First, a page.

Channel Tunnel high-speed train company Eurostar is bidding to operate a key London to Scotland rail route, which is set to be privatised by the Coalition before the next election.
Eurostar is launching a joint bid with Keolis, another company backed by the French state, to run the East Coast main line.
The successful bidder, which has been operated in the public sector since 2009 after National Express handed back the franchise mid-term, is expected to be announced in October 2014. The new franchise will start in February 2015.
Eurostar would take a minority share in the Keolis-Eurostar consortium. Eurostar chief executive Nicolas Petrovic said: “By joining forces with Keolis, we bring a unique blend of expertise and innovation with a fresh perspective.
“The East Coast franchise is a vital economic artery and a key route for both business and leisure passengers which represents an exciting opportunity for future growth and investment.”
The East Coast main line has been run under the control of the Department for Transport since November 2009 after National Express pulled out.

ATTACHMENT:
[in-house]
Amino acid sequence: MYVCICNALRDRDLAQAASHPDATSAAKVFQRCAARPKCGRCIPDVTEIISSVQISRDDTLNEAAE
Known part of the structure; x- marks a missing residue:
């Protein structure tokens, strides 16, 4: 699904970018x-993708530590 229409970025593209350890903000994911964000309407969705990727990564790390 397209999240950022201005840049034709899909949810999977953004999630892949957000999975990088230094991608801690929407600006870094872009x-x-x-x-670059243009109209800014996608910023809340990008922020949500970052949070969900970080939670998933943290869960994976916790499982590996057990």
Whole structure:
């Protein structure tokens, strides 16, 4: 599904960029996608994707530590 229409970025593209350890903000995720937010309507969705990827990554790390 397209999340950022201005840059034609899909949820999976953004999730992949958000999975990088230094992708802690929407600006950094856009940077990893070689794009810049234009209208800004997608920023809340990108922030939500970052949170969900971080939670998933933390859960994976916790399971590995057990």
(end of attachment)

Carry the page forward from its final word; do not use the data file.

Its return to the private sector has been opposed by Labour and rail unions who have pointed out that the company offers good value for money for taxpayers.
Keolis jointly operates four franchises in the UK currently - Southern, Southeastern, London Midland and TransPennine Express. Keolis also operates the NET network.
Keolis UK chief executive Alistair Gordon said: “I believe that our ability to draw upon an international track record of delivering complex long-distance services, coupled with Eurostar's reputation for customer excellence, is a unique proposition.”
Mick Whelan, general secretary of train drivers' union Aslef, said: “National Express, when it handed back the keys, left the East Coast route in chaos. It has been run with spectacular success in the public sector ever since.
“The East Coast line delivers a better deal to the public purse - to each and every taxpayer in Britain - than any other railway line. It is a key tool against which we can measure the success or failure of the privatised train operating companies.
“It's shameful that a Government that fears it will lose the next election is tripping over itself in its rush to re-privatise a successful public service. Passengers, staff, and the taxpayer are all set to lose out.”